“Ask them questions that don’t just elicit yes/no answers. Before you even open the book, ask what they think the book is going to be about.” Later you could ask: ‘How would they make a film of it? What is their favourite bit? Why?’

She suggests — with children of any age up to 12 — to do paired reading with them. 

“The parent reads one character’s part, the child reads another character’s and you have a little reader’s theatre going.” 

An older sibling can also stand in for the parent. 

“This buddy reading has been proven to help the older child’s reading too,” says Fortune.

MS Readathon month starts today and runs until Monday, November 9. The Readathon is the key annual fundraising campaign of Multiple Sclerosis Ireland, the services, information and advocacy organisation supporting people with MS. 

An estimated 8,000 people in Ireland have MS, a chronic disease that’s the most common disabling neurological condition affecting young adults in Ireland. MS has no known cause or cure.

Every year, MS Readathon school ambassadors — local people living with MS — visit schools as part of the campaign to help students understand more about the condition.

For participating schools countrywide, the 28th MS Readathon will provide individual certificate and gift for each reader; school and library awards; 10% of money raised goes back into resources for each participating school and the ‘Great Teacher Holiday draw’.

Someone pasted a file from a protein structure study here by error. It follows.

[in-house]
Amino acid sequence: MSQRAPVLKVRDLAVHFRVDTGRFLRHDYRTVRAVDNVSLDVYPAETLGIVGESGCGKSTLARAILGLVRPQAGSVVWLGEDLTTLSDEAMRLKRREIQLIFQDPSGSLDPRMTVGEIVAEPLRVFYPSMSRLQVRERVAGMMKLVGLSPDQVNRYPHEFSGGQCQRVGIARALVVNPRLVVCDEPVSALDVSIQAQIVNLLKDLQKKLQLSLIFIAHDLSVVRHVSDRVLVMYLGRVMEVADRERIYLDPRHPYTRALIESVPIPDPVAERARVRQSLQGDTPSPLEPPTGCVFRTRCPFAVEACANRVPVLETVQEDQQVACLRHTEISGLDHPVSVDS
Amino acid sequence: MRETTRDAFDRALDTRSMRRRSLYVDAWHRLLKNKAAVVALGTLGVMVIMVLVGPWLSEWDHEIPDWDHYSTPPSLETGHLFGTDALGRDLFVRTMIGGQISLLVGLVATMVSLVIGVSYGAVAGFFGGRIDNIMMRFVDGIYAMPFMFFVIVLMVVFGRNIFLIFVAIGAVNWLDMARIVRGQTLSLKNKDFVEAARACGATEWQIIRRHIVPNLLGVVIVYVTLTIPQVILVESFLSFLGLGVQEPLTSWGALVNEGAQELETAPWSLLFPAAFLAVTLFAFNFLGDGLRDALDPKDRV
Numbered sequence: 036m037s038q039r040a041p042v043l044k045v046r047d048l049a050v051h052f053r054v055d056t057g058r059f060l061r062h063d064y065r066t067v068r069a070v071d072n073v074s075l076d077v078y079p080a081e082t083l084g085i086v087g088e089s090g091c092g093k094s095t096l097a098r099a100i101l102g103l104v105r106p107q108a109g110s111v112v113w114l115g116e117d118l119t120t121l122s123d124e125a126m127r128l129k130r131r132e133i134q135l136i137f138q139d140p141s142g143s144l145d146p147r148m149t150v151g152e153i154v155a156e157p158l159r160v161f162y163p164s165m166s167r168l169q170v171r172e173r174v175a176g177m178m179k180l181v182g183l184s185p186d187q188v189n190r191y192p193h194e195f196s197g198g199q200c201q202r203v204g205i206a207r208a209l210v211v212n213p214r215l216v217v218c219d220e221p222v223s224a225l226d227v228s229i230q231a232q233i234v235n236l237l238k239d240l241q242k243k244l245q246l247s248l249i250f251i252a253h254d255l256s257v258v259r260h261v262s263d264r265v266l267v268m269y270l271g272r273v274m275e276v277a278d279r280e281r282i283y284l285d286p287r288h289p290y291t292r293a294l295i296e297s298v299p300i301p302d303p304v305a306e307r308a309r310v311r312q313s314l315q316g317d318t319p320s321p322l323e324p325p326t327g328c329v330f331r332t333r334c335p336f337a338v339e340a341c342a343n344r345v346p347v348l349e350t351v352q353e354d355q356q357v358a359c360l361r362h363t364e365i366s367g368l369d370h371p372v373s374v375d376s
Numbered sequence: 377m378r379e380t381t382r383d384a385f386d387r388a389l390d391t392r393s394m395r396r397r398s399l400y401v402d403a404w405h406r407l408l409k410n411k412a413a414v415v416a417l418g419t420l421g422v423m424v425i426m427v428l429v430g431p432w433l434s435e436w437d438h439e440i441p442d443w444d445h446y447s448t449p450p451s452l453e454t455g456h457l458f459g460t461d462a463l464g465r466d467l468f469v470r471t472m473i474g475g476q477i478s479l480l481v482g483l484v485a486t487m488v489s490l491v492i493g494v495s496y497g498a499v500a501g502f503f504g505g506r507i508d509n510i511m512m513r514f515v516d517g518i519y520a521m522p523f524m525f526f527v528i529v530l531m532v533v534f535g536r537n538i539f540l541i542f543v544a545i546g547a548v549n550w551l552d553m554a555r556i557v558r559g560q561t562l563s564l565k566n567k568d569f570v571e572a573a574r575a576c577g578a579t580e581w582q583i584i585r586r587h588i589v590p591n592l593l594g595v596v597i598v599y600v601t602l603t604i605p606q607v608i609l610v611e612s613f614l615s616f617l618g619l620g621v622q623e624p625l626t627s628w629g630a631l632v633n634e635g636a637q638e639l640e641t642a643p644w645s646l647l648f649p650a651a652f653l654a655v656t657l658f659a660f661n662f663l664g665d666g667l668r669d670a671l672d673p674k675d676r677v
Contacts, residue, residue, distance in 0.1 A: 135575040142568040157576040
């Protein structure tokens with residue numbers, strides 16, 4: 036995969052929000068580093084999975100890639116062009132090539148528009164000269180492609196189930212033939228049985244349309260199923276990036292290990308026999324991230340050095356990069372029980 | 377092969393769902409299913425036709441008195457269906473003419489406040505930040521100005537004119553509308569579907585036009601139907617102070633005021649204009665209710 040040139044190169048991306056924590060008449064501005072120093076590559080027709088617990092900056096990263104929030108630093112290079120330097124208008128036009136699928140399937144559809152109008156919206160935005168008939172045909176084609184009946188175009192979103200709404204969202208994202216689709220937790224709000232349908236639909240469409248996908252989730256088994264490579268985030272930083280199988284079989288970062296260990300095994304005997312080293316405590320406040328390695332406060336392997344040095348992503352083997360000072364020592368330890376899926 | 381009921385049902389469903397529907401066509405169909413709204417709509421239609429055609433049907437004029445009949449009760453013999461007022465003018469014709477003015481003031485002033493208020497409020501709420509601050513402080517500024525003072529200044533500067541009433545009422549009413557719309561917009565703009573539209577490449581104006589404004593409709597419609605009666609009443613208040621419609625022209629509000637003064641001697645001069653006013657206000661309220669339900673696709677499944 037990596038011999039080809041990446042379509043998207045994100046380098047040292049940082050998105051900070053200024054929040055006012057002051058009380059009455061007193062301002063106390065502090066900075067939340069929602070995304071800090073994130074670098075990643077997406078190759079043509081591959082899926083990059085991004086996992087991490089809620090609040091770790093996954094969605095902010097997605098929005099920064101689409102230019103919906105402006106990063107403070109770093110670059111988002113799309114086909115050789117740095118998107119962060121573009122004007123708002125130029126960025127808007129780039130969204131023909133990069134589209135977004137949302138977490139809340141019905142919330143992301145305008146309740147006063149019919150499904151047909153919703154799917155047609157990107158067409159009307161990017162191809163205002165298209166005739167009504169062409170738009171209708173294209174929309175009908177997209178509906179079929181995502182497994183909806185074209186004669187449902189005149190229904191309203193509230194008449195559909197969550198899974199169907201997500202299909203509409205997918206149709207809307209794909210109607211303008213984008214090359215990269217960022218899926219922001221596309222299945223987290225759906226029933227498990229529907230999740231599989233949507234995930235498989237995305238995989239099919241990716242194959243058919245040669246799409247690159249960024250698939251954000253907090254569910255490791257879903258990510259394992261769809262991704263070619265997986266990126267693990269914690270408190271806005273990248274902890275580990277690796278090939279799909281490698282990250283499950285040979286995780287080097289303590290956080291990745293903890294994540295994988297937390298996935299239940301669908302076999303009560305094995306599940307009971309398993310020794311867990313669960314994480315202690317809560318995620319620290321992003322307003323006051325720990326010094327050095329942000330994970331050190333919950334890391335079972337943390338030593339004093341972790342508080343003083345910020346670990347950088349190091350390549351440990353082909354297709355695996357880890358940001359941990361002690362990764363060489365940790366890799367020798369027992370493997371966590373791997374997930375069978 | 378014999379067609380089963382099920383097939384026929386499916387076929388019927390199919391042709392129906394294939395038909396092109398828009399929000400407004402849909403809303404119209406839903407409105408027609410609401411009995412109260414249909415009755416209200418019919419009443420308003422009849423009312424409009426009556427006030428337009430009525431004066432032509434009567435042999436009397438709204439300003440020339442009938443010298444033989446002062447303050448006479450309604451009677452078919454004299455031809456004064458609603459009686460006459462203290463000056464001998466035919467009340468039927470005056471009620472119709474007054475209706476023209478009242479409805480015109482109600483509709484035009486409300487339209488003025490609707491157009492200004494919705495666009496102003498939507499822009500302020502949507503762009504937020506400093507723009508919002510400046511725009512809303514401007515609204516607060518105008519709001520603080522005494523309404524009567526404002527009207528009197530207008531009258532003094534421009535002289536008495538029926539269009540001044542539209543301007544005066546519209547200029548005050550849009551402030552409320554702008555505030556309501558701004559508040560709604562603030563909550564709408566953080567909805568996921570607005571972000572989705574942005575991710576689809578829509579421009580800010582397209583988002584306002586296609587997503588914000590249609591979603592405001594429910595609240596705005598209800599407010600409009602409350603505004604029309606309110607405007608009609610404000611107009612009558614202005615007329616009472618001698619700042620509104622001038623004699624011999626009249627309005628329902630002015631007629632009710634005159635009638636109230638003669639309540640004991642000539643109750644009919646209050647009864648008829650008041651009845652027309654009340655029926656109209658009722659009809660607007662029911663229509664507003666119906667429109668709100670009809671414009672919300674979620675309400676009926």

* To get involved with MS Readathon 2015, phone 01 678 1600; email read@msreadathon.ie; visit www.msreadathon.ie 

Irish authors recall their favourite childhood books - Oct 9, 2015

Irish authors and illustrators, who lend their support to MS Readathon, recall their favourite books from childhood:

* Sarah Webb:

“I reread children’s books all the time. I love The Red Tree, a picture book for all ages by Shaun Tan as it makes me think about what’s important in life. I also love Are You There, God? It’s Me, Margaret by Judy Blume. It reminds me what it feels like to be a teenager.”

* Nicola Pierce:

“I intend to reread one of my favourite books from childhood, Children on the Oregon Trail by A Rutgers van der Loeff.

Over the last couple of years I’ve fallen in love with American history but my interest began with this book — the true story of a pioneering family crossing the Wild West of America in 1844 to find a new home. I love stories about journeys. 

This depicts how 13-year-old John Sager had to take care of his six younger sisters and brothers after his father dies and then his mother.”

* Pauline McLynn:

“I always enjoyed Enid Blyton books as a child, especially the Adventure series when a group of kids constantly got separated from their parents and stranded somewhere like an island or a mountain and had massive adventures. 

"They were very thrilling and imaginative stories. I also loved Nancy Drew. She was the first detective I fell for!”

* Claudia Carroll:

“I’m a massive fan of Alice in Wonderland. As a child, I was utterly convinced that if I just chased enough white rabbits, I’d eventually end up in this magical wonderland beneath the earth’s surface.”

* Judi Curtin:

“My reread book is Heidi. It has a wonderful sense of place. When reading it, I can imagine myself wandering in the Alps, listening to the sound of the goats’ bells.”

* Cecelia Ahern:

“My favourite books growing up were the Famous Five series by Enid Blyton, Sweet Valley Twins and The Baby-Sitters Club.

Two books that impacted me most were Under the Hawthorn Tree by Marita Conlon McKenna and The Best Little Girl in the World by Steven Levenkron.”